Category: Institute, Trainings

Date: October 03, 2023

Mapping System: A Tool for Community Safety and Wellbeing

Part of the Fall 2023 Trainings Series

Training Description

Mapping systems are a valuable tool for professionals who aim to maintain the safety and well-being of a community. Professionals can use a mapping system to prevent, intervene, and respond to various types of crime impacting community members’ safety. These crimes may include theft, robbery, assault, drug-related offenses, and many others.

To develop an effective mapping system for a community, professionals should first conduct an environmental scan. This involves identifying and analyzing the physical and social factors contributing to crime in a particular area. Environmental scan concepts that can be incorporated into a mapping system include identifying high-risk areas, understanding the types of crime prevalent in the area, and assessing the needs of the community members who may be affected by crime.

Once an environmental scan has been conducted, professionals can use the information gathered to create a preliminary mapping system for their community. The mapping system should include the identified high-risk areas, the types of crime that occur in those areas, and the specific needs of the community members who may be affected by crime. Professionals can better understand the issues impacting their community by using a mapping system and developing effective strategies to promote safety and well-being.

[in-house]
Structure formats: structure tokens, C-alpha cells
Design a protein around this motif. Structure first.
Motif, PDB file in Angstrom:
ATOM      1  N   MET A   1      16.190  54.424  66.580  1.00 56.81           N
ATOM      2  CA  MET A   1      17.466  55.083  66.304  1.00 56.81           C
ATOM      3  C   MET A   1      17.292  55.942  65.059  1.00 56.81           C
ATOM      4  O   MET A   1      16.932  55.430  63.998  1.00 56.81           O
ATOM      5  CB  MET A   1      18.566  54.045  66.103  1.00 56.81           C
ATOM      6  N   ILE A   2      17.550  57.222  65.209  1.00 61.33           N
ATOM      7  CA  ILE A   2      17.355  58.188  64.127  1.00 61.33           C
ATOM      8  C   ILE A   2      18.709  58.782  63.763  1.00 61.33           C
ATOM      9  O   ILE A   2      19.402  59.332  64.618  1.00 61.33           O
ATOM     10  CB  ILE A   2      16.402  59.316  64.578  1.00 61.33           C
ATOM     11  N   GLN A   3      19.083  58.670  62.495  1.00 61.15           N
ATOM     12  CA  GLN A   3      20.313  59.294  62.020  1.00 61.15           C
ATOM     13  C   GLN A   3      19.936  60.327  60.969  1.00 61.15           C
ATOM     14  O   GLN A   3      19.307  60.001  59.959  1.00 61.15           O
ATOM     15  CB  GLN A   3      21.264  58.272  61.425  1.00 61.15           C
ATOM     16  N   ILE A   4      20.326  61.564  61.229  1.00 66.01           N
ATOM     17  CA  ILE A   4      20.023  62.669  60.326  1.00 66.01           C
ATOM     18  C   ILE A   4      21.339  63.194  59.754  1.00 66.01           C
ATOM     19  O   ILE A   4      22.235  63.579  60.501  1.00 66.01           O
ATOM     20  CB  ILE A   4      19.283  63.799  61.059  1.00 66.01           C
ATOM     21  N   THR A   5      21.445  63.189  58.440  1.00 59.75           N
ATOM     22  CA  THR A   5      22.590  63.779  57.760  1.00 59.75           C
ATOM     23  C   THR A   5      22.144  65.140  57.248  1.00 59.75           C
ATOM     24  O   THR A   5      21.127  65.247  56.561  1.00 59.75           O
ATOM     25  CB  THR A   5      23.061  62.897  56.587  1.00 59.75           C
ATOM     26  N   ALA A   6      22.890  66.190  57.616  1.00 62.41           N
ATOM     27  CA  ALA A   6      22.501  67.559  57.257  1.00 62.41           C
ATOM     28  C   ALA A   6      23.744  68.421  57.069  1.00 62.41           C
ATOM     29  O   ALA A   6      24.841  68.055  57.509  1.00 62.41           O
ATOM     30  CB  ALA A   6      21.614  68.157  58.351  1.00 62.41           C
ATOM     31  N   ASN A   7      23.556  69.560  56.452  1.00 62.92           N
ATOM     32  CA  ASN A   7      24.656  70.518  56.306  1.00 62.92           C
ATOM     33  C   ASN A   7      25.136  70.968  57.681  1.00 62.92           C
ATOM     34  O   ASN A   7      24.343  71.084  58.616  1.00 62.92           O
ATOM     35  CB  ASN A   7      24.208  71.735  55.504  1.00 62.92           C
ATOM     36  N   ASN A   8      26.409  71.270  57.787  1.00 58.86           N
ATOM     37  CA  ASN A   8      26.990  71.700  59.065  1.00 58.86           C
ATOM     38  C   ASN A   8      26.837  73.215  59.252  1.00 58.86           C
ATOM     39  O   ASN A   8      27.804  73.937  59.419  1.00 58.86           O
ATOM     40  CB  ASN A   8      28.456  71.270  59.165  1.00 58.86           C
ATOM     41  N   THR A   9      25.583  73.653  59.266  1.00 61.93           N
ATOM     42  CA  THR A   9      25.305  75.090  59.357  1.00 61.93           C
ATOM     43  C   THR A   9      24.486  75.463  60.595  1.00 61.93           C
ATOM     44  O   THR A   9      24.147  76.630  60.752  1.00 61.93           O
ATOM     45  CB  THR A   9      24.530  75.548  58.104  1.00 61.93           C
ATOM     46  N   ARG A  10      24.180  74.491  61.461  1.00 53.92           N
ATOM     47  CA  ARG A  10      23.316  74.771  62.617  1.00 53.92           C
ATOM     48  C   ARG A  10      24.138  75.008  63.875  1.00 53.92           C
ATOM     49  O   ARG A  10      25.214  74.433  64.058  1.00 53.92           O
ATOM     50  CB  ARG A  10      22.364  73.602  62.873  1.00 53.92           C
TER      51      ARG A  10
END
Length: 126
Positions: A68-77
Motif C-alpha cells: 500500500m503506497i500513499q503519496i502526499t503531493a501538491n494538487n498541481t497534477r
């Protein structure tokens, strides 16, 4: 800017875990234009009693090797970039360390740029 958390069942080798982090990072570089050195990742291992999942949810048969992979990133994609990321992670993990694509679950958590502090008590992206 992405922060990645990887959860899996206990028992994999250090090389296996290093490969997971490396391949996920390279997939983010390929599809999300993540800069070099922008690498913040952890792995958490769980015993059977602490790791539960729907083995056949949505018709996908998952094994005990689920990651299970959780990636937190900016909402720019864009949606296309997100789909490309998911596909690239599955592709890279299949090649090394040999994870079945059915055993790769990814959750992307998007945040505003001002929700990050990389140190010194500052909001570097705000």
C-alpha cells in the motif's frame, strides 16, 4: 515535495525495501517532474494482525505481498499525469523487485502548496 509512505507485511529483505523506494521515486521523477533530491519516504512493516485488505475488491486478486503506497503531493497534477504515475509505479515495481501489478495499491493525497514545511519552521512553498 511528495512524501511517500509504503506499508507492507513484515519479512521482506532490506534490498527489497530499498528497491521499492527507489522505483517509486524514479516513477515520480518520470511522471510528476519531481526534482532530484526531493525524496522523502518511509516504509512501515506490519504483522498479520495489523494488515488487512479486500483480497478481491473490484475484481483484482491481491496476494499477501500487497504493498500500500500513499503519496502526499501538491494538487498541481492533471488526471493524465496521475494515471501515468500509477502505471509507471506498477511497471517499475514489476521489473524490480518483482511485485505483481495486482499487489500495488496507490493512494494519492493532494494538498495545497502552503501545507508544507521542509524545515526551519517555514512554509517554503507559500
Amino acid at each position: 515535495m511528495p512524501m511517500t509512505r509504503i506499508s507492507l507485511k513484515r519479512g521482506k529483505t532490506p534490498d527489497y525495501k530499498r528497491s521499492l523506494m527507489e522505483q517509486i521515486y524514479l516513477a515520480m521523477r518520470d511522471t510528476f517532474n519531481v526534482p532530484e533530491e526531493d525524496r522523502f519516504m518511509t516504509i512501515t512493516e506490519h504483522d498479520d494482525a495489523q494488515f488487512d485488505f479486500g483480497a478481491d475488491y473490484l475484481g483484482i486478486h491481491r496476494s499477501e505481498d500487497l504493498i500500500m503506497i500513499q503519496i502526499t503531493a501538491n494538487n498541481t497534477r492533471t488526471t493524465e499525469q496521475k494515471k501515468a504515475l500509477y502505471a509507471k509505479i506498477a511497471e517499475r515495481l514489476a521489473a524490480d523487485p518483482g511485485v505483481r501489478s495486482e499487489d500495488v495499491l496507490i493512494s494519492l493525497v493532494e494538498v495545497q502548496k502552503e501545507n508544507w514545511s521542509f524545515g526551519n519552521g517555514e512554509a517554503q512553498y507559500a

Learning Objectives

  • Identify various types of crime that impact community members’ safety and well-being.
  • Be introduced to environmental scan concepts that can be incorporated into a mapping system.
  • Create a preliminary mapping system for their community using the workshop concepts.

Audience: This skills-based workshop is for beginner, intermediate, and advanced-level helping professionals.

Dates: Nov. 8th, 15th, 29th (4-hour training)

Location: TBD



Dr. Riley is an enrolled member of the Mescalero Apache Tribe of New Mexico. She has worked in the field of social work for over 23 years and is currently the Director of the Native American Social Work Studies Institute. Her passion is working with people and teaching and learning new things.


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